LOOK OUT BELOW
10 Scenic Airport Landings
Everyone knows views are best from above. That's why we asked pilots and flight attendants who've racked up millions of sky miles to locate the world's most beautiful approaches. You'll definitely want a window seat on these flights.
St. George's Parish, Bermuda (see photo 1 of 2)
Flight attendant Heather Zorzini recently retired after 31 years and about 20 million miles aboard Air Canada. Looking back, she says her all-time favorite place to land was Bermuda's L.F. Wade International Airport—for the sheer charm of the isolated, unexpected oasis in the Atlantic Ocean. "The island is just as lovely from the air as it is on the ground," says Zorzini. Deep-green seas fade to pale turquoise as they lap at pink beaches, and pastel houses with white limestone roofs come into focus on the surrounding lush hillsides. "It all creates an achingly picturesque vista," she adds.
Aspen (see a photo)
Most pilots begin perspiring at the thought of landing in snowy Aspen, whose airport requires a rapid, challenging descent at high altitude. But not much fazes David Angotti, who pilots a Cessna Citation X—a seven-person private jet and the fastest civilian aircraft with a max speed of Mach .92. (A typical 747 travels at Mach .85; the Citation X can shave an hour off a transcontinental flight.) "The first time you land in Aspen, it's difficult to believe there's an airport nestled between some of the tallest mountain peaks on the continent," recalls Angotti. "Each time I step off the aircraft and gaze at the towering peaks surrounding the runway at Aspen/Pitkin County Airport, I marvel that this airport is welcome in nature's playground."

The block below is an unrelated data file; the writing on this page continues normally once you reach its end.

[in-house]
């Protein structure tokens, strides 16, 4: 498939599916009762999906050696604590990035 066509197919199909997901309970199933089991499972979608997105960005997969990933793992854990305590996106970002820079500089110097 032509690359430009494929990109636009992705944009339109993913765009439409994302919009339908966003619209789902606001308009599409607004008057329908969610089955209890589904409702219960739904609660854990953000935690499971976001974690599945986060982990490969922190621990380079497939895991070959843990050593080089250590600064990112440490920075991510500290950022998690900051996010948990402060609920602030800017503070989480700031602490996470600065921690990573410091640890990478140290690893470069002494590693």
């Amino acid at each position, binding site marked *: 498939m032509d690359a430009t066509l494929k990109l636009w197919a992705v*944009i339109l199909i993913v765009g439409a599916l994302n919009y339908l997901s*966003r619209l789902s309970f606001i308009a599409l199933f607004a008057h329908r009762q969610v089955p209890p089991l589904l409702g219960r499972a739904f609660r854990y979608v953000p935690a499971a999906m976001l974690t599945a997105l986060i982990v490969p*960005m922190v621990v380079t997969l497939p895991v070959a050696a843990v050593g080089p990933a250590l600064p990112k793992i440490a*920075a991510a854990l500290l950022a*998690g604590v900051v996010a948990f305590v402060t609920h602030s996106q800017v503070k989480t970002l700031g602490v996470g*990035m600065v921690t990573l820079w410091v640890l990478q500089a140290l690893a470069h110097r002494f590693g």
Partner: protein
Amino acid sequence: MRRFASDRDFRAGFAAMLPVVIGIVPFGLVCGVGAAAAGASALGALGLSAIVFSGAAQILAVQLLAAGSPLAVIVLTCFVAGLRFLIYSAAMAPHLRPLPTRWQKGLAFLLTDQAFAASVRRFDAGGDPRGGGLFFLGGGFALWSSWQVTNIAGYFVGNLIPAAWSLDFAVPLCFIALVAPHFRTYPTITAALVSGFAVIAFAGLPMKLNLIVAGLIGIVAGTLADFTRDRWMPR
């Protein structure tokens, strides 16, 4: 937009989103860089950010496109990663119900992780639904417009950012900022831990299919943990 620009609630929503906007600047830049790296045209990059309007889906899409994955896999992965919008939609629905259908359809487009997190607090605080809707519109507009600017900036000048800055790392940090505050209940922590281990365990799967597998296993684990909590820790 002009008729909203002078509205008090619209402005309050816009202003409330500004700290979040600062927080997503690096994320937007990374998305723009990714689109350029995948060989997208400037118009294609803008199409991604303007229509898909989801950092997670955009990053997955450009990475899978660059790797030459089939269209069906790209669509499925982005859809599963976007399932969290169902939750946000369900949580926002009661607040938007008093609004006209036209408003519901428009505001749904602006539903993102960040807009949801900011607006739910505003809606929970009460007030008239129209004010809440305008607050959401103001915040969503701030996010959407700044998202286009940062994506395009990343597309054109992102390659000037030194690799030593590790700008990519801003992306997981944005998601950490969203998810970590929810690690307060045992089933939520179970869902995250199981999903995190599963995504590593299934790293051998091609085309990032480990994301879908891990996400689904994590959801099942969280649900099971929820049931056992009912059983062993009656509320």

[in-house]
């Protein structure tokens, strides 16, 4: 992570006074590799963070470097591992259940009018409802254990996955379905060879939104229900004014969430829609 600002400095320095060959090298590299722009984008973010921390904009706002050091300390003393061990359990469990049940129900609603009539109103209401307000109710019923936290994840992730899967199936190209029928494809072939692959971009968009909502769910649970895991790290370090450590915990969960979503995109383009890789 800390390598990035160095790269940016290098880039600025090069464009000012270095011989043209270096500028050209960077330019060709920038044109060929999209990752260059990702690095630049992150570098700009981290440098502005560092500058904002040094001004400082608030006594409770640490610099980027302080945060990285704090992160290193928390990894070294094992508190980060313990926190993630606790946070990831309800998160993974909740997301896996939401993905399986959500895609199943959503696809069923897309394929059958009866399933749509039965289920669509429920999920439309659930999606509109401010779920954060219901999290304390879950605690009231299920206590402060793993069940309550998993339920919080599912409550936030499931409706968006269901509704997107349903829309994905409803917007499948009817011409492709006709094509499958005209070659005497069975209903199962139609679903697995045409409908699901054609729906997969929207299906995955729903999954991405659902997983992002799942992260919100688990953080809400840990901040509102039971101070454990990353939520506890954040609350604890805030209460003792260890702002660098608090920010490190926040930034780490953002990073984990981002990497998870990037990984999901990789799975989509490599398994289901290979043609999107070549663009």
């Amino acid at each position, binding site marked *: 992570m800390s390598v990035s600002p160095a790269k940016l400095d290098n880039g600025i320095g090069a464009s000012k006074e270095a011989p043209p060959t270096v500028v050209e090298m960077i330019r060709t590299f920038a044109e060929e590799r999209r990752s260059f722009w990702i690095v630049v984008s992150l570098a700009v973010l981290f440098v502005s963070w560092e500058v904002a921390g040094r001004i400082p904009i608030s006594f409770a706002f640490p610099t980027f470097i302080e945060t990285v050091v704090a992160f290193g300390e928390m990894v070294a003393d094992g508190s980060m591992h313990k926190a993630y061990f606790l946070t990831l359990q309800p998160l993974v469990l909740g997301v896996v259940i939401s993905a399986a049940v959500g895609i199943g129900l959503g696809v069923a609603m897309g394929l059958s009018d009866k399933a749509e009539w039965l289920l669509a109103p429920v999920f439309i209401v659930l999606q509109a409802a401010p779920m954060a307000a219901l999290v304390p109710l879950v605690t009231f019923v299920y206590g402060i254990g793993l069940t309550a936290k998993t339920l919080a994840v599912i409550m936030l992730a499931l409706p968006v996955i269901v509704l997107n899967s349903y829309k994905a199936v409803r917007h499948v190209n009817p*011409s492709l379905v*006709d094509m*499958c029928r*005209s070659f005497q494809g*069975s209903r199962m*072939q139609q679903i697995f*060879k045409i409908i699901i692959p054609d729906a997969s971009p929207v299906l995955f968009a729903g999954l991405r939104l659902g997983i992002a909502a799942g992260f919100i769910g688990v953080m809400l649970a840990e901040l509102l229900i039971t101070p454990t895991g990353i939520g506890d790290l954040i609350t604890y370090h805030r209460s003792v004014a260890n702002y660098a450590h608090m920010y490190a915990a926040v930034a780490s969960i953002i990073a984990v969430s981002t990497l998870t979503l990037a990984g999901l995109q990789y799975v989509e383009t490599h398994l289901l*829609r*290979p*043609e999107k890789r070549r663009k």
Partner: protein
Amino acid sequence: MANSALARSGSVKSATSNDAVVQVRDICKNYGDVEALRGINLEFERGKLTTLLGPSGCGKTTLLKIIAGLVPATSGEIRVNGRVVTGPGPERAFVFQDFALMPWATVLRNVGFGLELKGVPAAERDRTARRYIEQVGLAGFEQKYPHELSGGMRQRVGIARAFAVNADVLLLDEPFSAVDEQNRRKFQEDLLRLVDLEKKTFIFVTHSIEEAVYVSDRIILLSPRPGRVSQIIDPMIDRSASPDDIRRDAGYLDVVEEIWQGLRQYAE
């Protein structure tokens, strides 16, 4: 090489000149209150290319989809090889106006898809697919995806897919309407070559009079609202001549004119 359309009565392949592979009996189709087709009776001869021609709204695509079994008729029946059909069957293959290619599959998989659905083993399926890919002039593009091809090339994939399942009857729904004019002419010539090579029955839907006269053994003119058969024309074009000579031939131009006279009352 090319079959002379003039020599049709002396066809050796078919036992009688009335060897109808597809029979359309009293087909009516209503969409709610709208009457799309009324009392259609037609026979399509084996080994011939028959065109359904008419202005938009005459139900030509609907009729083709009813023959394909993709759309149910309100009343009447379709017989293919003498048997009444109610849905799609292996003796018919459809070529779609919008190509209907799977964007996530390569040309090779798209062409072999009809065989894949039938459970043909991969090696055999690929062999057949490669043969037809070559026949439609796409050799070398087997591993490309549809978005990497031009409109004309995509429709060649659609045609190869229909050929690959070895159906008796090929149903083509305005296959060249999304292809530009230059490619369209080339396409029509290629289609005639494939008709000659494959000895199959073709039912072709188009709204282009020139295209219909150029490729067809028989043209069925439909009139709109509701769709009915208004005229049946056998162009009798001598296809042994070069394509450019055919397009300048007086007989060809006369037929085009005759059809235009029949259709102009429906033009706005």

New York City (see photo 1 of 2)
Sue Cragg, a Detroit-based flight attendant for Delta Air Lines, remembers her first descent into New York's LaGuardia Airport. "Around the time when I finished flight attendant training, the FAA said it would soon enforce the rule that no one was allowed in the flight deck below 10,000 feet," Cragg recalls. "But on approach into LaGuardia, the captain called to the back, 'Send the new kid up.' When I entered the flight deck, the sun was setting and the colors of burnt orange and bright red burst in the spring sky. He flew low down the Hudson River past the magnificent cityscape, and the buildings sparkled and reflected the colors as we landed." It still gives her goose bumps after 30 years in the skies.
Oranjestad, Aruba (see photo 1 of 2)
As the assistant chief pilot of United Airlines' Northeast region, James T. Simons Jr. has circled the gorgeous blues and greens of the Caribbean for 21 years, but he can pick his favorite approach in an instant. "After flying over many other islands en route, Aruba stands out like a beacon among the dark-blue Caribbean waters," says Simons. "Descending over the bay toward Aruba's single runway, it's easy to see what sets the island apart: The dry, seemingly desertlike conditions form a visually stunning contrast where the warm waters meet the land." Planes hover low just above the sparkling sea, hugging the coastline as they zero in for their landing at Aruba International Airport, whose runway begins at the water's edge.
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